These Rustic DIY Thank You Cards were made because this past month my husband and me went away together for a belated Anniversary trip. For the first time in over 5 years – yes 5 years, that’s not a typo – we got away overnight for two whole nights to Blue Mountain.
My mom graciously offered to drive from my parents home (which is over a 3 hour commute) to watch the kids during that time. She wound up staying a week so we could get a whole bunch of overdue mini home fix up’s done as well. Believe me when I say a Thank You card is the least I could do for her.
How to make Rustic DIY Thank You Cards
Now knowing my mom, who is the type of mom to return Christmas presents I bought her as a teenager and then spend the money back on me, would ask me why on earth I would send her a Thank You card. She’d be the first to say “That’s too formal, what’s wrong with you?”
Yes she’s that mom. She feels it’s her civic duty to help. So I figured I’ll make the card anyway and then get my daughter to write in a Thank You to her as a Grandma Thanks for staying with me card. That way it’s “not from me”.
Because I was testing out the baking soda dough recipe for Christmas ornaments that we’re making this year, I got an idea to make some to use for these Thank You cards.
Here’s what I did and what you’ll need to do this:
- Baking Soda
- Yarn (your color choice)
- Mini screwdriver set
- Dye ink pad
UPDATED: For those interested in a Step by Step Tutorial on how to make the Baking Soda Dough ornaments, I finally wrote up a picture tutorial for them which you can find here.
I tested out making some dough ornaments using various cookie cutters – my daughter found the Easter ones. I am sure Bunnies like Fall too. Don’t even ask. And then I tried out stamping and writing on them to see what worked and what didn’t.
I actually wound up using my TEKTON metal stamp set to do the small letters and regular alphabet stamp set for the bigger ornaments.
I let them air dry overnight and they were still a bit wet on the back the day after.
If you do these I do recommend at least 2 days of drying time. You can bake them in the oven for an hour at various degrees depending on their thickness if you want them to dry faster.
I didn’t do this because if I can burn my fries there’s a good chance I’d find a way to set these on fire so I just let them air dry overnight.
TIP: Make sure to stamp your holes when the dough is wet and not dry.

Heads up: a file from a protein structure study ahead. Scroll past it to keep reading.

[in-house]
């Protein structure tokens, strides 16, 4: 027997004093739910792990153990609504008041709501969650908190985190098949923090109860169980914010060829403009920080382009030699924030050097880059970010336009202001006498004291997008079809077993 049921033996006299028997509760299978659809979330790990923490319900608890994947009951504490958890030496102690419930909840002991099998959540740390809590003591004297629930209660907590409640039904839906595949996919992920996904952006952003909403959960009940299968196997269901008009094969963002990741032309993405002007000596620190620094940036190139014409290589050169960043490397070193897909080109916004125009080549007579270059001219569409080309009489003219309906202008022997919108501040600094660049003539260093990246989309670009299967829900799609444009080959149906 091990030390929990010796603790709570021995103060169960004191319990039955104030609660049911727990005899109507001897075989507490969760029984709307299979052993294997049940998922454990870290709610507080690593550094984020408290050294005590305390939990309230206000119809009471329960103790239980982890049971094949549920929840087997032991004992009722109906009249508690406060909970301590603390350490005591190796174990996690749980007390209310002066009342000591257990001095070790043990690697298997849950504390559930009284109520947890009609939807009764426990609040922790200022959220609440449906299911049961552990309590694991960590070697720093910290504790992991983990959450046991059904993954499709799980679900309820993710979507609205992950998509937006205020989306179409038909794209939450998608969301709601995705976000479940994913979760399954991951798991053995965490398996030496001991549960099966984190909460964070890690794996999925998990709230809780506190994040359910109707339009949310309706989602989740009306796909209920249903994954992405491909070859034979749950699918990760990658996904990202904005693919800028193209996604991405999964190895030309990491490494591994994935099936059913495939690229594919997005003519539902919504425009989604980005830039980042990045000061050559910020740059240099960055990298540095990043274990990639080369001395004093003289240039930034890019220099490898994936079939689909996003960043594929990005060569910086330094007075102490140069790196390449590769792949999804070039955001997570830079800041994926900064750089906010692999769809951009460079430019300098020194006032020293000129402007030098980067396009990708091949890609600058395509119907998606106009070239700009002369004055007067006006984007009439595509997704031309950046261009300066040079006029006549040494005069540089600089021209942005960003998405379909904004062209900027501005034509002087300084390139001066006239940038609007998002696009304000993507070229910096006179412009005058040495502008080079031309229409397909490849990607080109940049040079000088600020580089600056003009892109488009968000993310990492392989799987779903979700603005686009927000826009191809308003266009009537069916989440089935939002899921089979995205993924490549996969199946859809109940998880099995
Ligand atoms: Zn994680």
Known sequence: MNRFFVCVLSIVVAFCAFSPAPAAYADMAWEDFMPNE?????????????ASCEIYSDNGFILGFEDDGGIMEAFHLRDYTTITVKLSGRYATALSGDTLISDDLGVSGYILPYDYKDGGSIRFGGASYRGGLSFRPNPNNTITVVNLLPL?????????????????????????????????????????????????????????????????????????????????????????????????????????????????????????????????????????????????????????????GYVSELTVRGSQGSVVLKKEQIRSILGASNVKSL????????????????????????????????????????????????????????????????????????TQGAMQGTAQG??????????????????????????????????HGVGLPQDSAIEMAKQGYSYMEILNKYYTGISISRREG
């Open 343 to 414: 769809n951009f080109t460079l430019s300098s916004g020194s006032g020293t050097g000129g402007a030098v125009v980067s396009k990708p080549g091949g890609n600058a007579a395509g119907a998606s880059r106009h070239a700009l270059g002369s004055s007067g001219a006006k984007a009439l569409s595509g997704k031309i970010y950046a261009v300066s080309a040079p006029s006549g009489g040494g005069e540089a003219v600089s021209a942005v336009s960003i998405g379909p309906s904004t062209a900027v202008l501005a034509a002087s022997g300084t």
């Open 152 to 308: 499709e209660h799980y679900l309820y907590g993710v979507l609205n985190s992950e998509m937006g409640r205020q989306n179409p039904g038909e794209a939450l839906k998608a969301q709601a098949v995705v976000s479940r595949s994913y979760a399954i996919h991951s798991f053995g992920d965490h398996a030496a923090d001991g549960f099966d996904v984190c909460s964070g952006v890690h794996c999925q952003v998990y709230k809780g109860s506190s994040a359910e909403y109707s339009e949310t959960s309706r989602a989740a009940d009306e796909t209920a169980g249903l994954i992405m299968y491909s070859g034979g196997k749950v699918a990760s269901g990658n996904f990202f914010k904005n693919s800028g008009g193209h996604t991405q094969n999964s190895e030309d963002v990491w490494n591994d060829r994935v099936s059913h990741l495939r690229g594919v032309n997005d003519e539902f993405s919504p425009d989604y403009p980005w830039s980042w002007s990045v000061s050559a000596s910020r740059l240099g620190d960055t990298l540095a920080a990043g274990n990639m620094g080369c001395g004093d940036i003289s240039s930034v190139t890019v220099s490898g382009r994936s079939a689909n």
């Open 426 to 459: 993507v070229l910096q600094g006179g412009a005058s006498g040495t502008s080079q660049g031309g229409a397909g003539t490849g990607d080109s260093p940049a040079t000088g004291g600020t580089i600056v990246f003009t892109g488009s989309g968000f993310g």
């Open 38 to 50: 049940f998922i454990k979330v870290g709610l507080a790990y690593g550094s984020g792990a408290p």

I used a screwdriver from my mini screwdriver set. Then when they are almost fully dry, twist the screwdriver into the hole again to ensure a flush clean hole in the ornament.
I laid my ornaments on the card and marked where I wanted them to be tied to the card with my threads.
Poked the holes.
I then cut out 2 pieces of yarn and twine in equal lengths for my bow tie.
The hole in the ornament was very small and in order to get two pieces of twine/yarn threaded through it, I taped the ends of the twine/yarn together and cut the end diagonally.
This made it much easier to get the twine/yarn through the holes. I did this on both ends of the threads.
I then twisted the threads through the hole.
Do not push them through with a lot of force, because you may break your ornament.
Threaded the twine through the ornaments.
Repeated on the other side.
And then made several different versions because I couldn’t decide which one I liked the most.
These would make a great Christmas Card idea. Just make a dough ornament themed for the holidays, tie it to the card and then on the inside of the card add a small clear bag with ribbon or thread for the recipient to use to hang on their tree (just in case twine/yarn isn’t their thing). I like rustic but I have friends who make their Christmas trees look like a Swarovski Christmas Tree replica.
In this day and age where we get evites and text messages 24/7, sometimes it’s nice to turn back the clock to a more tactile time. And what better way to say Thank You than a hand made card to show your gratitude for those that took the time to help you.